A note from Carol Murray, MSS, MLSP, CIRP@CHOP training manager: Today we are pleased to welcome a guest blog post from Lindsay Zajac, a senior at Bucknell University, who shares her insights about her participation in the CHOP Research Institute Summer Scholars Program (CRISSP).
As a second semester senior, I find myself engaging in a lot of self-reflection. Along with my peers, I am asking myself: What do I want to do next? What is my calling? How will I achieve my goals? Attending a liberal arts college, I had envisioned multiple career paths for myself – even as a young freshman. Little did I know the impact a summer internship at The Children’s Hospital of Philadelphia’s Center for Injury Research and Prevention (CIRP@CHOP) would have on shaping my professional identity.
I joined CIRP@CHOP in the summer of 2013 when I participated in the CHOP Research Institute Summer Scholars Program (CRISSP). Working under the supervision of Dr. Meghan Marsac and Dr. Nancy Kassam-Adams, I assisted with research studies designed to increase understanding of how to best help children coping with pediatric injury and illness.
My time at CIRP@CHOP was an invaluable learning experience, as it exposed me to the rewards of conducting behavioral research for a pediatric population. Every morning when I commuted into the city I genuinely looked forward to my upcoming day. While there were some things I could count on (e.g., great conversations with other trainees or support from my mentors), there were other aspects of my day that were unpredictable. For example, I never knew how many families would be willing to participate in the research studies, and there was a range of reasons that brought children to the hospital. On a single day, it was not uncommon for me to meet a child there due to a car accident and another due to a sports-related injury. One way or another, every child I met brought a smile to my face.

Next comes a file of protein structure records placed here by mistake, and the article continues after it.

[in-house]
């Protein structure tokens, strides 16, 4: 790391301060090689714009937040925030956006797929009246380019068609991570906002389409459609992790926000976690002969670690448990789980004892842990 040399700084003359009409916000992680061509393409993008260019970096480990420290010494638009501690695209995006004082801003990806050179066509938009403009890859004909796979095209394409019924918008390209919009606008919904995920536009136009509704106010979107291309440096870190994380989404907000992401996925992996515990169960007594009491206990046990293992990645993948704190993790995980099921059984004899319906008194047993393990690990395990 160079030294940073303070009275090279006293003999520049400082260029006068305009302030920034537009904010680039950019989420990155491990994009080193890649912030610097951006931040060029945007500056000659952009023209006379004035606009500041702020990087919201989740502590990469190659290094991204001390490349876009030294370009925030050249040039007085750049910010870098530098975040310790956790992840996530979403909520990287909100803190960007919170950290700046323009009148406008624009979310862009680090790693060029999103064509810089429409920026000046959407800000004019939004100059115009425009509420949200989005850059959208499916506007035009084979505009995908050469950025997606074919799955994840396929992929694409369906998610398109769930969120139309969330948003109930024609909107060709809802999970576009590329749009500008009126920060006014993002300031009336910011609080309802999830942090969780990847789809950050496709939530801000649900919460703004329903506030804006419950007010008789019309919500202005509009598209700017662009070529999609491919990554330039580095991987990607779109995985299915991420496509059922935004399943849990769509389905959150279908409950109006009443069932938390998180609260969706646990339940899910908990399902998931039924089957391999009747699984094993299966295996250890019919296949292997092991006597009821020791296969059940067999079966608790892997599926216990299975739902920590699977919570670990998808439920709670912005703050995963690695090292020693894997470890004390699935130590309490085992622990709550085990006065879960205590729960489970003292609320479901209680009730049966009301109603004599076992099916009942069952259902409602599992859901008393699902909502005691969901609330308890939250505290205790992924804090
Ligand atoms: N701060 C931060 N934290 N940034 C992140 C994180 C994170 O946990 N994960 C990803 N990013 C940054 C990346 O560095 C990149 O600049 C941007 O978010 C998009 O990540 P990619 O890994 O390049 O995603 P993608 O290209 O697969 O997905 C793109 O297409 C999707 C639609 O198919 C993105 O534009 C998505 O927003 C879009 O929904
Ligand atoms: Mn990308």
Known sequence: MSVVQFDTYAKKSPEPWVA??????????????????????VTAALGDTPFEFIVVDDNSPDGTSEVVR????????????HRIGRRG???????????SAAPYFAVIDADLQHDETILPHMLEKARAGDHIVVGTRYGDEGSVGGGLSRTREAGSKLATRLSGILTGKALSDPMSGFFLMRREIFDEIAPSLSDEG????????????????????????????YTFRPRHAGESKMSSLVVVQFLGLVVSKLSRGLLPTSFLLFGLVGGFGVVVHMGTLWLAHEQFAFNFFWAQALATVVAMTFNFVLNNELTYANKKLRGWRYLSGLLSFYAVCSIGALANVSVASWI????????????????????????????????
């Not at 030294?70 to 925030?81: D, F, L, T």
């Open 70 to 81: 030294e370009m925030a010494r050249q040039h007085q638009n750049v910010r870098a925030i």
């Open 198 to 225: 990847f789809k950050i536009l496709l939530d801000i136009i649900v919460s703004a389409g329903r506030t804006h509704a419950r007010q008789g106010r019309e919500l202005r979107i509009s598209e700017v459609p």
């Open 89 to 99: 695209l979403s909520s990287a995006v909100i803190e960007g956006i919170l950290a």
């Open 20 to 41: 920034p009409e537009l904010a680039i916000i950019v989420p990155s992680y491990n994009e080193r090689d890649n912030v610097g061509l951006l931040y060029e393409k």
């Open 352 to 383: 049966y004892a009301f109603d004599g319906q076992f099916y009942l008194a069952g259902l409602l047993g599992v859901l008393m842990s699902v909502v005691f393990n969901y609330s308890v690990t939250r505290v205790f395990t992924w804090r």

Unlike other internship experiences of my fellow students at Bucknell University, my CIRP@CHOP training was unique because I was introduced to clinical, innovative, and multidisciplinary research and given the opportunity to make significant contributions to multiple projects. Over the summer, my primary (and favorite) role involved approaching and enrolling families to participate in the studies while they were at the hospital. The mentoring I received also was truly one of a kind, which was illustrated by frequent meetings with my mentors and their thoughtful advice. Along with enhancing my research skills, I benefited from multiple pre-professional development opportunities, including attending seminars concerning grant writing, work-life balance, and the graduate school application process.
My experience at CIRP has ignited my passion for research and solidified my strong desire to pursue a career in clinical psychology. My goal is to eventually work as a clinical researcher and child clinical psychologist to promote optimal functioning for children and families. I am very interested in understanding how families and children cope with significant life stressors (e.g., poverty or chronic pediatric illness) and the mechanisms through which children develop resiliency. Through my interactions with the families at CHOP, I witnessed firsthand how parents and children use different coping strategies and the importance of developing preventive interventions.
I also didn’t expect my CIRP@CHOP experience to inspire me to give back and mentor younger undergraduate students at Bucknell, but it did! I am now in the midst of organizing an internship panel, specifically for Psychology students. I want to share what I learned with other students. I can’t thank Dr. Marsac and Dr. Kassas-Adams enough for helping me to define a career trajectory.
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